Healthcare, texting and Afghanistan

The highlight will be Tuesday’s long-awaited Senate Finance Committee vote on a bill to overhaul the healthcare system. For several months, Senate Finance Committee Chairman Max Baucus (D-Mont.) has attracted criticism from the left and right. But on the eve of the panel vote, his persistence has paid off.

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He has a bill that the Congressional Budget Office says will reduce the fiscal deficit (while not fully accounting for the eventual scrapping of the flawed Medicare physician reimbursement system) while covering 94 percent of the uninsured. Its net outlays are less than President Barack Obama’s 10-year goal of $900 billion.

Still, killing a bill is much easier than passing it.

As legislation inches forward, industry groups have grown increasingly restless with the proposals. The health insurance industry came out swinging against the Baucus bill on Monday, claiming in a new report that it would cost the average family $4,000 per year in higher premiums.

For years, health insurers have resisted coverage mandates being considered in the halls of Congress.

In a twist, the industry is urging lawmakers to place strong mandates on individuals to buy insurance so that both the unhealthy and healthy will be covered.

If many healthy people are not forced to buy insurance, premiums will skyrocket, the industry warns.

Some in Congress are wary of forcing employers to cover employees and/or fining people who don’t buy insurance.

Democrats want reform, but they disagree on how to do it. Over the next several weeks, they must find a single voice if they are going to get legislation to the president.

House leadership wanted to pass a bill by the August recess, but nearly two weeks before Halloween, the work of melding three committee-passed bills continues.

Obama shifted his attention somewhat to Afghanistan this month. As he mulls whether to send tens of thousands more troops there, the House and Senate will hold hearings on the issue this week.

The Senate Commerce Committee, meanwhile, will hold a hearing on distracted driving and debate whether the federal government should ban texting and/or BlackBerrying while operating a motor vehicle.

Sen. Charles Schumer (D-N.Y.), who has introduced legislation on the issue, noted this year that AAA found that 87 percent of people polled consider texting while driving a serious threat, but one in five said they did it anyway.


PLAYER OF THE WEEK

The question that has been repeatedly asked over the last few months will be answered on Tuesday when Sen. Olympia Snowe (R-Maine) registers her vote on Finance Committee Chairman Max Baucus’s (D-Mont.) healthcare bill.

She suggested last month that she would not support it, but has not repeated that firm stance recently.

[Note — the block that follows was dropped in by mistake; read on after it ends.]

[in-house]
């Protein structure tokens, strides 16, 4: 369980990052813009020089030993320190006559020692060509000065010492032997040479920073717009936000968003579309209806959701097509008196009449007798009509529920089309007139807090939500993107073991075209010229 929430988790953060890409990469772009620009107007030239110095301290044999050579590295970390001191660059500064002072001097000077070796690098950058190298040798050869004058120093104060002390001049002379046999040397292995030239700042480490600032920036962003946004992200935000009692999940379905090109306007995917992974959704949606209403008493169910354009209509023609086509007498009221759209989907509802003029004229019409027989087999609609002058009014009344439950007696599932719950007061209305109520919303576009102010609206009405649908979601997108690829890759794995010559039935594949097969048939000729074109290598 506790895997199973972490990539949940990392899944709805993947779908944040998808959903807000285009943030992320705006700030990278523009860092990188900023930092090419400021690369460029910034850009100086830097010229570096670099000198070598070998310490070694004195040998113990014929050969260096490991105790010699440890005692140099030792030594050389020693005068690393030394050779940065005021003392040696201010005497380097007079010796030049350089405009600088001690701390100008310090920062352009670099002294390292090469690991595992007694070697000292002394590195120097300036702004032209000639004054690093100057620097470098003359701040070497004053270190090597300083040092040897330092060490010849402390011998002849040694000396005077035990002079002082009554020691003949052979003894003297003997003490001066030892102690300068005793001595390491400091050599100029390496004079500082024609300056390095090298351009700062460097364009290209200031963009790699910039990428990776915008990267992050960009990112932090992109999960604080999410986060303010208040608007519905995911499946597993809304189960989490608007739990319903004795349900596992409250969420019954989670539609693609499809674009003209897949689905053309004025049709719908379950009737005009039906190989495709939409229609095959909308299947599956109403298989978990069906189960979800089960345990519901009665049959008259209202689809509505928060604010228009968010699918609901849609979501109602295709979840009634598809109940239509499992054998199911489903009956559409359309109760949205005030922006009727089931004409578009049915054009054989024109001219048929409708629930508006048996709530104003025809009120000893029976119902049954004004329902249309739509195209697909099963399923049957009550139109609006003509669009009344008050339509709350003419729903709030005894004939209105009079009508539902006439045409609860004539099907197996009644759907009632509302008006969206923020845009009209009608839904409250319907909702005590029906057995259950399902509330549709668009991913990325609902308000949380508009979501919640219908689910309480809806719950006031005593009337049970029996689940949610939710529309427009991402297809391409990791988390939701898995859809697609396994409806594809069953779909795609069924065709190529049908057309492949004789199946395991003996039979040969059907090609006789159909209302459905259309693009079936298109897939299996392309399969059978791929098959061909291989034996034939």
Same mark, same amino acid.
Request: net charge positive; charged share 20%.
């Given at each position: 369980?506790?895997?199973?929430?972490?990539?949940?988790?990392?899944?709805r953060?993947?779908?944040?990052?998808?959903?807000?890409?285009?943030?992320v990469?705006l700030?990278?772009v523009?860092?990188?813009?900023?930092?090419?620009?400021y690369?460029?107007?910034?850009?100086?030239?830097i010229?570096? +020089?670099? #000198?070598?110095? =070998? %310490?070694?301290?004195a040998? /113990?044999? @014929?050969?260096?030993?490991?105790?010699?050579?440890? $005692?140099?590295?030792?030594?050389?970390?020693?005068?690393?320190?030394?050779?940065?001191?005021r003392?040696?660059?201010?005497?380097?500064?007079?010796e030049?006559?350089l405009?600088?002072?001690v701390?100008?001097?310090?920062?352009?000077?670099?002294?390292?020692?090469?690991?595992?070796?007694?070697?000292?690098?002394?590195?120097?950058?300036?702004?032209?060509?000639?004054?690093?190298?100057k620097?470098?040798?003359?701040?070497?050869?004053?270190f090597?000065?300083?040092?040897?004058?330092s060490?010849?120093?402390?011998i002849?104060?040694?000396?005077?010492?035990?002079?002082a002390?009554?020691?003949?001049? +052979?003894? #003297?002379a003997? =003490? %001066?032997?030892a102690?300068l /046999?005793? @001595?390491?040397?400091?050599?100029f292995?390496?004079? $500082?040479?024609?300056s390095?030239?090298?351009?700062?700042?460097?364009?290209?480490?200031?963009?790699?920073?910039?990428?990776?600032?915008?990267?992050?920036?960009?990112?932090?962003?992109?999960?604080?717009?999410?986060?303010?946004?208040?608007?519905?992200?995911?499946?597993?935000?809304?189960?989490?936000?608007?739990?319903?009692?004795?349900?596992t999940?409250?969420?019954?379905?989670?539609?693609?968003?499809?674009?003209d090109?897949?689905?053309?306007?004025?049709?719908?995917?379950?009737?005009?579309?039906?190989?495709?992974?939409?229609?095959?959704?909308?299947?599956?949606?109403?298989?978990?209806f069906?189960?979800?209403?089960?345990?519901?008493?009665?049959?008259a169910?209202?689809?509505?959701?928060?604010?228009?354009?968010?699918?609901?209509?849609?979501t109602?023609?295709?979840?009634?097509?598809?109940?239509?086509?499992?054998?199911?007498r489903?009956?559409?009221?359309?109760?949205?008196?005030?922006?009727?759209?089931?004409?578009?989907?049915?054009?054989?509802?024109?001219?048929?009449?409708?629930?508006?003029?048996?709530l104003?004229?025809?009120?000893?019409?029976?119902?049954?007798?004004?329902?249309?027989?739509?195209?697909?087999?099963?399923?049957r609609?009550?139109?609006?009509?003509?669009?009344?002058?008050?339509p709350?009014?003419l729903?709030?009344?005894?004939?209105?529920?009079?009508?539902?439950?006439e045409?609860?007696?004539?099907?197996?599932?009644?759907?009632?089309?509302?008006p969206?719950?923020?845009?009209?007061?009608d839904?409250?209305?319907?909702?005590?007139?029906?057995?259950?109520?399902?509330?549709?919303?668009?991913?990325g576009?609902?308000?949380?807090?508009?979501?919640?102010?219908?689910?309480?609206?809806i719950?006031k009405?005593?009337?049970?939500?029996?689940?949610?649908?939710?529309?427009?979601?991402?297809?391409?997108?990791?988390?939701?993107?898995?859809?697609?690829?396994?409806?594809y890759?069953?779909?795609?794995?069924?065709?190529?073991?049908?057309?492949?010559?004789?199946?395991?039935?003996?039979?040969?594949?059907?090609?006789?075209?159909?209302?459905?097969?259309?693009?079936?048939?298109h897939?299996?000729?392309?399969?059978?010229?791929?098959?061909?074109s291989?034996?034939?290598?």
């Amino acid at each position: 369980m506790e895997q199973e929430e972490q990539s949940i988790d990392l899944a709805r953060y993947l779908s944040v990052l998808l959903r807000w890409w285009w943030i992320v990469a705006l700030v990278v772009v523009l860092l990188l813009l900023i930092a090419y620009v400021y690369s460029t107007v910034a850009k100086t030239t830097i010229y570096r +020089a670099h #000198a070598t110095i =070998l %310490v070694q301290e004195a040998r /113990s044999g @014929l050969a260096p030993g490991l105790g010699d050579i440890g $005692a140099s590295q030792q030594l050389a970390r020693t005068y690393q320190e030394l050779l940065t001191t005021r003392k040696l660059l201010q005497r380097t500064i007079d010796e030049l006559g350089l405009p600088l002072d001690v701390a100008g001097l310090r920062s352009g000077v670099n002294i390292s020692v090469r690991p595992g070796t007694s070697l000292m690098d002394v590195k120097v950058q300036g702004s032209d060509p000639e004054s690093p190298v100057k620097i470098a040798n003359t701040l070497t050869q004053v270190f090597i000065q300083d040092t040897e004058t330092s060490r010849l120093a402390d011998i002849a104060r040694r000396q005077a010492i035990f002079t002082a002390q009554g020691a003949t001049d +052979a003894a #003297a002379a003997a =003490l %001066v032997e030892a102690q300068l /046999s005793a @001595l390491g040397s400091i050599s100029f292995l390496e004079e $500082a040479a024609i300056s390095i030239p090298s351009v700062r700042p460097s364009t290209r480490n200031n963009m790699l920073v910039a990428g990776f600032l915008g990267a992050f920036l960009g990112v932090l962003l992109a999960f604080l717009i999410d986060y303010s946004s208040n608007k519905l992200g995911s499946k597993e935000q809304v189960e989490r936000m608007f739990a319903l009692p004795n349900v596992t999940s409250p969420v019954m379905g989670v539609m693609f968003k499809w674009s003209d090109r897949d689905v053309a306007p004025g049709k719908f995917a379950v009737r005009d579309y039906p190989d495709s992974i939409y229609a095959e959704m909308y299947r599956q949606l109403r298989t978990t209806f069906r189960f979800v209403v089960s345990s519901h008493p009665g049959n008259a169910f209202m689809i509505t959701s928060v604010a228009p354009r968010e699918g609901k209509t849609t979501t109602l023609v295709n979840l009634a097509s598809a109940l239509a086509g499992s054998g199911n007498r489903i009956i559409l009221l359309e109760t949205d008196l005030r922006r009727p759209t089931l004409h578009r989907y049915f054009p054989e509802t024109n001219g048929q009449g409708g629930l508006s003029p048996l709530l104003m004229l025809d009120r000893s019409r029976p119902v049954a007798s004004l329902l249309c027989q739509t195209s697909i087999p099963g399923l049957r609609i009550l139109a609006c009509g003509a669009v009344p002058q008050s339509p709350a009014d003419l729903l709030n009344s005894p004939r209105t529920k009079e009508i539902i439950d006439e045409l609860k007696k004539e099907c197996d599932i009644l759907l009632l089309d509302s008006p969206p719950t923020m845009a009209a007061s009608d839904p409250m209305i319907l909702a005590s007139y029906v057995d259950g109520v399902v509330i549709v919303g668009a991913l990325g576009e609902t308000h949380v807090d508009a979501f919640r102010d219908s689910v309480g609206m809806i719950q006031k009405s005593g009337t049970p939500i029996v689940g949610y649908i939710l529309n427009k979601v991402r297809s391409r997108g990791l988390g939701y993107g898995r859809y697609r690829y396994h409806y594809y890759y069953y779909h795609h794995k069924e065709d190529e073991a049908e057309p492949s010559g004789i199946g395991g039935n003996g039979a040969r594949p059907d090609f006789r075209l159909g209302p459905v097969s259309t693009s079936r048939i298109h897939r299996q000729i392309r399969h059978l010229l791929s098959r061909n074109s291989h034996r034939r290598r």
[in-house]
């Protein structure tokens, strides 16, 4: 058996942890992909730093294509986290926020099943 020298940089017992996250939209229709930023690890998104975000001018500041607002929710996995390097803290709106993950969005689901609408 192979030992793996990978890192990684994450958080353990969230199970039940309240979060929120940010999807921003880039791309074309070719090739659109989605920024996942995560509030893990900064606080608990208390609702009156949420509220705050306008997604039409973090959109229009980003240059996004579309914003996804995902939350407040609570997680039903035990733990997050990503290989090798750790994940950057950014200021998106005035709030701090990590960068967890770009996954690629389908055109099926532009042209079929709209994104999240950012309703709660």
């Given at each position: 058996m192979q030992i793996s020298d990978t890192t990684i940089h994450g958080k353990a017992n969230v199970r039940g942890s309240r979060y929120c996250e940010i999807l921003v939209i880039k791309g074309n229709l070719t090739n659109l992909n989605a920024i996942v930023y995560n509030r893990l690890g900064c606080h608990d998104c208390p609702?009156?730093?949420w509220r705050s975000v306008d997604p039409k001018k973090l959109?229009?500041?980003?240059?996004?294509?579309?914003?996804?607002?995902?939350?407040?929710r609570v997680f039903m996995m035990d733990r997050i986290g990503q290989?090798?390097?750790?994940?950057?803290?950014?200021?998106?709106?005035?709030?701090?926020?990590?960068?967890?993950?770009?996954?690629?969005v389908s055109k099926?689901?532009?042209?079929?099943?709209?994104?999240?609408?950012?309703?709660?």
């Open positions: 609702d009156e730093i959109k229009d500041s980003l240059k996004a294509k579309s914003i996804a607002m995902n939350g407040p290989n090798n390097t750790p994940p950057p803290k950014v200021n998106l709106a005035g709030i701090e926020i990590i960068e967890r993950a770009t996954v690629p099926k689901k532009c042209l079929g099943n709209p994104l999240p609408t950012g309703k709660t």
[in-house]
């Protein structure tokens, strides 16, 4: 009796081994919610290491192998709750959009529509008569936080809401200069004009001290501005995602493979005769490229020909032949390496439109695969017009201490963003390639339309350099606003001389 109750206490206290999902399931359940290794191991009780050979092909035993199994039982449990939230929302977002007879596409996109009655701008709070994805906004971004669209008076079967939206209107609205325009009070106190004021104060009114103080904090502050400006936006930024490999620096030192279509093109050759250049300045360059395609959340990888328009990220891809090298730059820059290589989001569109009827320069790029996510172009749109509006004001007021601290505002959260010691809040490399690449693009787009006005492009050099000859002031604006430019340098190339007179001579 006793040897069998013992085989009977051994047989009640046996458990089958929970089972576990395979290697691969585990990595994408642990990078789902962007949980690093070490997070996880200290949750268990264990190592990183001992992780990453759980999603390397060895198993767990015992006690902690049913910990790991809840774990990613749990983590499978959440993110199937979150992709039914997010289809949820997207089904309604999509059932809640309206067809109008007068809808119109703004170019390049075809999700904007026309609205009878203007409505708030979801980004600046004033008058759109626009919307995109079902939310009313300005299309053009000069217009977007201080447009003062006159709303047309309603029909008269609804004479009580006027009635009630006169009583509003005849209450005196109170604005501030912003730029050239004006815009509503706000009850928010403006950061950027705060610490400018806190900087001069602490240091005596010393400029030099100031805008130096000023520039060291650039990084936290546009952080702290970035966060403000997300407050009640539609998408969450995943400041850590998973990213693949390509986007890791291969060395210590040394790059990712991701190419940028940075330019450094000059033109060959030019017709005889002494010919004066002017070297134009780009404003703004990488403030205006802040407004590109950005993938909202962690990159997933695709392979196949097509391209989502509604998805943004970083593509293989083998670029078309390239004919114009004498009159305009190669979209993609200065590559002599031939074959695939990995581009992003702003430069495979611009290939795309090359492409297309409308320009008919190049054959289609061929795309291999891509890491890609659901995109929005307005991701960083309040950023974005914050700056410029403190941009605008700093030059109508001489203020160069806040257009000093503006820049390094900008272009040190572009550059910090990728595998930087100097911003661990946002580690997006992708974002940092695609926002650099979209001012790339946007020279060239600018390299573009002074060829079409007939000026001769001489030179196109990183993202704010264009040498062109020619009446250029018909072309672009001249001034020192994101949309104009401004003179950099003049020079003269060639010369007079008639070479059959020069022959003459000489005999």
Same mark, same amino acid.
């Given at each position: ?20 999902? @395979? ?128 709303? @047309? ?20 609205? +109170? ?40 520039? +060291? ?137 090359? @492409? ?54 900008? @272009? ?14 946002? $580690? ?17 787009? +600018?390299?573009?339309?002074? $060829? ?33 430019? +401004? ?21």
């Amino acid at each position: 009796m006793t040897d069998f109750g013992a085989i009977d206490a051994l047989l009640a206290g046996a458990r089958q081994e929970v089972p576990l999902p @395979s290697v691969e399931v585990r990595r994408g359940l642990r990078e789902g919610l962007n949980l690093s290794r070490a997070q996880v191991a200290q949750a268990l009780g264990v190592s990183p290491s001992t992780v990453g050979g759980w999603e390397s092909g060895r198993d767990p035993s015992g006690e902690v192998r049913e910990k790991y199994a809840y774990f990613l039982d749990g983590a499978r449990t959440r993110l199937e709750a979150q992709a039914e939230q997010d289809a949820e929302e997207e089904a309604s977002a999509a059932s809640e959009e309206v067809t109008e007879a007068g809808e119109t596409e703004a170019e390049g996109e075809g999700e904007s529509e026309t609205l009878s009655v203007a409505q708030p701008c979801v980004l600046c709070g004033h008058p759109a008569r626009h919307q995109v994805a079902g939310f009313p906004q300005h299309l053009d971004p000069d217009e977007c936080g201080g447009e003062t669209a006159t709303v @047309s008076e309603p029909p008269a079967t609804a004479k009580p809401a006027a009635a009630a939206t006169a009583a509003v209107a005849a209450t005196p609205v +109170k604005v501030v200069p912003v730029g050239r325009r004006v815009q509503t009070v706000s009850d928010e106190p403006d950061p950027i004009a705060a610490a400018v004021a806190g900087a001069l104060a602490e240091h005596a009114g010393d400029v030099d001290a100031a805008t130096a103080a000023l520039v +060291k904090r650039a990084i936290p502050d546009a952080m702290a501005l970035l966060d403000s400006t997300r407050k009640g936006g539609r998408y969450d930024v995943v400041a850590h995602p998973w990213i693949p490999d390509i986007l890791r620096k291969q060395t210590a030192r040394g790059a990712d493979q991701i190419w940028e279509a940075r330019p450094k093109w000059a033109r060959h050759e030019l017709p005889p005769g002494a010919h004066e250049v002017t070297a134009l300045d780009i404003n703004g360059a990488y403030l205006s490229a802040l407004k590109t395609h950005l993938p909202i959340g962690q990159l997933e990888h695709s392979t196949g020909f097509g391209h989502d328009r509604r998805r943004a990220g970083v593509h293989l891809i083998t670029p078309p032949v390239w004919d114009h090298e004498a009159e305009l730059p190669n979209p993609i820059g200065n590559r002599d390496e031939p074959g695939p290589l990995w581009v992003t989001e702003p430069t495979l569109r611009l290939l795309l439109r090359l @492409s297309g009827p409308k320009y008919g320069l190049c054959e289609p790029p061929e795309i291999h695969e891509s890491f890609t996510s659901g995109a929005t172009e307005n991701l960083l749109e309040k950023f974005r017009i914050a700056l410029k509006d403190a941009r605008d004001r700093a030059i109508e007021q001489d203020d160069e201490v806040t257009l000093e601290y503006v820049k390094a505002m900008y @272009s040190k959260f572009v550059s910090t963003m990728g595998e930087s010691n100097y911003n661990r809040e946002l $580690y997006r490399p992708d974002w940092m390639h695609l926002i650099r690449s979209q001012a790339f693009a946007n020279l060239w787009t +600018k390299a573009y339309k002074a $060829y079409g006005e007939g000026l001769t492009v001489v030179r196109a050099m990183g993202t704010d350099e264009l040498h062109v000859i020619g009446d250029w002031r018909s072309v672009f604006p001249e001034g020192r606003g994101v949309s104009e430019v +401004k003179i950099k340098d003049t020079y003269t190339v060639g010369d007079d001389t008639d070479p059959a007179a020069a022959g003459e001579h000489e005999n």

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A “yes” vote would allow Democrats to tout the legislation as bipartisan and would give Baucus significant leverage when his bill is merged with the measure approved along party lines by the Senate Health, Education, Labor and Pensions Committee.

A “no” vote would probably unite and embolden the Republican opposition. While some Democrats would repeat their claim that the GOP is the party of “no,” liberals would make the case that the Baucus bill, which contains no public option, should be discarded.

There are other ramifications. If Snowe votes with the Democrats, she may not get the top GOP post on the Senate Commerce, Science and Transportation Committee. If she is rebuffed, many on Capitol Hill will watch her very closely, looking for clues that she might consider leaving the Republican Party, as Sen. Arlen Specter (D-Pa.) did this year.

While centrist Sen. Susan Collins (R-Maine) has ruled out changing parties, Snowe has kept the door open.

Senate Minority Leader Mitch McConnell (R-Ky.), much like Senate Majority Leader Harry Reid (D-Nev.), is a master political chess player. When making decisions, McConnell can anticipate a move and countermove well before they are made.

McConnell did not publicly criticize Collins, Specter or Snowe when they voted for the stimulus. He must have been frustrated, but he knew that lambasting them would do him no good and might do him and his conference some harm. It is unlikely that he would do anything that could risk another GOP defection six months after the Specter bombshell.

Snowe’s committee vote will indicate whether healthcare reform has a good chance to pass this year. There will be many other indications in the week ahead, but Snowe’s vote will reshape the healthcare debate, one way or the other.